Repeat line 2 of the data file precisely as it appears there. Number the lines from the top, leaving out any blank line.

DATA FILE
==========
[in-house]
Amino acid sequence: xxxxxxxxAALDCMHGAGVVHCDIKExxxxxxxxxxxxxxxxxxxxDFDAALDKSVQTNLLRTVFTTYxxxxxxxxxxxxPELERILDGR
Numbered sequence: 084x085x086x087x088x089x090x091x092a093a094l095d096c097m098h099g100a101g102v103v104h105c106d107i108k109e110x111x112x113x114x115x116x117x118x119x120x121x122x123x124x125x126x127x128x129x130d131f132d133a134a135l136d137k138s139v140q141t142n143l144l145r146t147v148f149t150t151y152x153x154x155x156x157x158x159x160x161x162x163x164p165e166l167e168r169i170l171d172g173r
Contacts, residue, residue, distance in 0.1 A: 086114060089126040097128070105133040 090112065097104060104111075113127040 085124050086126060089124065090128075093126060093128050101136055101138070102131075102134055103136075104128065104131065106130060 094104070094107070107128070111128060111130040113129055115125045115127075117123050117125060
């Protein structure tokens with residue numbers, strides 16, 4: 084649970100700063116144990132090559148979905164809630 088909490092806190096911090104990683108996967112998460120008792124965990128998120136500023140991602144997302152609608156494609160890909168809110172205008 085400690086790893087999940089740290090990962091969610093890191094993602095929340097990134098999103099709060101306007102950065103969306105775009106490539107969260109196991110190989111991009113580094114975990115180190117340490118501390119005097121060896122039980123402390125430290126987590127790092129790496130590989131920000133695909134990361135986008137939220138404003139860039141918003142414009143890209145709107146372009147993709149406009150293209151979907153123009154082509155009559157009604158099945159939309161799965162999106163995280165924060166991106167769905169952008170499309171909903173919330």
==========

Amino acid sequence: xxxxxxxxAALDCMHGAGVVHCDIKExxxxxxxxxxxxxxxxxxxxDFDAALDKSVQTNLLRTVFTTYxxxxxxxxxxxxPELERILDGR